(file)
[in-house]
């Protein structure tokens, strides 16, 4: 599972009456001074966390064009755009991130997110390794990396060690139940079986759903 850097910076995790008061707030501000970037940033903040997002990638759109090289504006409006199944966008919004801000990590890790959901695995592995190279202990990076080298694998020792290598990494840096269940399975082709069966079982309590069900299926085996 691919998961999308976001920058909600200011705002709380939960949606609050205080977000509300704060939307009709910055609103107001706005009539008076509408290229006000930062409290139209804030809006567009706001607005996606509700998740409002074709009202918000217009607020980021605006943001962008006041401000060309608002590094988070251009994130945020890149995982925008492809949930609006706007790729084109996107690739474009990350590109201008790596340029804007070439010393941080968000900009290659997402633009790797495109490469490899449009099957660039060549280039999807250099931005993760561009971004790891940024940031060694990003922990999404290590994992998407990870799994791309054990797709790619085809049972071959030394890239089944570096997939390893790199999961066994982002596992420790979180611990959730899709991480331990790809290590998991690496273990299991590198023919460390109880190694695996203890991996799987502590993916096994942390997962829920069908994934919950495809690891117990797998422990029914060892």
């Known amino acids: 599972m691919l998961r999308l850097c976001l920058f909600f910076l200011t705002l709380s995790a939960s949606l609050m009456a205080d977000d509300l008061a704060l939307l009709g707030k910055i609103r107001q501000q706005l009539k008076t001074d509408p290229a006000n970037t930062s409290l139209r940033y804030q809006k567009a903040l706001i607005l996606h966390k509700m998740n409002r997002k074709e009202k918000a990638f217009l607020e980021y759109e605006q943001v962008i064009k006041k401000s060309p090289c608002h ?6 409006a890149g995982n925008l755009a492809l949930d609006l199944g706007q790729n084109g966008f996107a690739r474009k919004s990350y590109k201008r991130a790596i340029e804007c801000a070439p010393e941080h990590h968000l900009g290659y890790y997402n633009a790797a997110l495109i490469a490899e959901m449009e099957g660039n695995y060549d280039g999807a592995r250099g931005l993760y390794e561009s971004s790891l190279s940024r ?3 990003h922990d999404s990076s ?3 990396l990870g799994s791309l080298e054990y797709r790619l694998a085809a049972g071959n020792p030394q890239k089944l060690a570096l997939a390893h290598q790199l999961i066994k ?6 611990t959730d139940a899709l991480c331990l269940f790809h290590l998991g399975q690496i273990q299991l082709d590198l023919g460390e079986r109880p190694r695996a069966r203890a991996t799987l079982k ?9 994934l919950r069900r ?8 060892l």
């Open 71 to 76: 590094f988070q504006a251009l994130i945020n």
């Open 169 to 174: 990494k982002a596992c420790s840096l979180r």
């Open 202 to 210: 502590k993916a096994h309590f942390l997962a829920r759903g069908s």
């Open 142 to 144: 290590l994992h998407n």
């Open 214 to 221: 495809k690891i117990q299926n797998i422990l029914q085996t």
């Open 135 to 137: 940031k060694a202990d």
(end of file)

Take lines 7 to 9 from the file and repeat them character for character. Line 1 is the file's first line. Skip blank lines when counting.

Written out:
């Open 142 to 144: 290590l994992h998407n």
């Open 214 to 221: 495809k690891i117990q299926n797998i422990l029914q085996t």
């Open 135 to 137: 940031k060694a202990d």